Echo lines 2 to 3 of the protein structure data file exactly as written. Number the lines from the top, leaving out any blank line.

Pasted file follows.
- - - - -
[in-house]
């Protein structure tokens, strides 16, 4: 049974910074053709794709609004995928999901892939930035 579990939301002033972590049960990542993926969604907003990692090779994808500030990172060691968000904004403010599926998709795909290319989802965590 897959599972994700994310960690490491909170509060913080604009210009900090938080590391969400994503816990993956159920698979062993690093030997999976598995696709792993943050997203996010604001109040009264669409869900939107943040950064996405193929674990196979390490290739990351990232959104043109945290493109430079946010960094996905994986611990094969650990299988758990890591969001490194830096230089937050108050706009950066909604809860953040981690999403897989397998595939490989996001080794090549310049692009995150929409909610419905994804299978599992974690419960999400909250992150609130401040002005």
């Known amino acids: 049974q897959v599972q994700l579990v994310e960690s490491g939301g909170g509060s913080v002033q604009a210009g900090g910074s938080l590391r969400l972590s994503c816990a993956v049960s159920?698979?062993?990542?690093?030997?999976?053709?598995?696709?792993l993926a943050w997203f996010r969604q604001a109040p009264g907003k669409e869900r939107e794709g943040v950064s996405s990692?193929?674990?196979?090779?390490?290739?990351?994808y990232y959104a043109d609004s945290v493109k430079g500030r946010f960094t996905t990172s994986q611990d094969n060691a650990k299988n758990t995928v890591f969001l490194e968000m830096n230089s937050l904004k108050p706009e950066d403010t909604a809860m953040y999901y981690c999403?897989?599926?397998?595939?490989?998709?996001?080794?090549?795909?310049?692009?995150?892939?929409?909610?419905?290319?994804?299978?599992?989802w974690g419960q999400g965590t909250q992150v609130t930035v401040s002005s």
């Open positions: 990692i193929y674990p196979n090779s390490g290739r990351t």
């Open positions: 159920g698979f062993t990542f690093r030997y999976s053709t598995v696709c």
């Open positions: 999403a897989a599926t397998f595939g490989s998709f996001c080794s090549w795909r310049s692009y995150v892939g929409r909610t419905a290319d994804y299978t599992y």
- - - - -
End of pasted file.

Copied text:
């Protein structure tokens, strides 16, 4: 049974910074053709794709609004995928999901892939930035 579990939301002033972590049960990542993926969604907003990692090779994808500030990172060691968000904004403010599926998709795909290319989802965590 897959599972994700994310960690490491909170509060913080604009210009900090938080590391969400994503816990993956159920698979062993690093030997999976598995696709792993943050997203996010604001109040009264669409869900939107943040950064996405193929674990196979390490290739990351990232959104043109945290493109430079946010960094996905994986611990094969650990299988758990890591969001490194830096230089937050108050706009950066909604809860953040981690999403897989397998595939490989996001080794090549310049692009995150929409909610419905994804299978599992974690419960999400909250992150609130401040002005």
């Known amino acids: 049974q897959v599972q994700l579990v994310e960690s490491g939301g909170g509060s913080v002033q604009a210009g900090g910074s938080l590391r969400l972590s994503c816990a993956v049960s159920?698979?062993?990542?690093?030997?999976?053709?598995?696709?792993l993926a943050w997203f996010r969604q604001a109040p009264g907003k669409e869900r939107e794709g943040v950064s996405s990692?193929?674990?196979?090779?390490?290739?990351?994808y990232y959104a043109d609004s945290v493109k430079g500030r946010f960094t996905t990172s994986q611990d094969n060691a650990k299988n758990t995928v890591f969001l490194e968000m830096n230089s937050l904004k108050p706009e950066d403010t909604a809860m953040y999901y981690c999403?897989?599926?397998?595939?490989?998709?996001?080794?090549?795909?310049?692009?995150?892939?929409?909610?419905?290319?994804?299978?599992?989802w974690g419960q999400g965590t909250q992150v609130t930035v401040s002005s």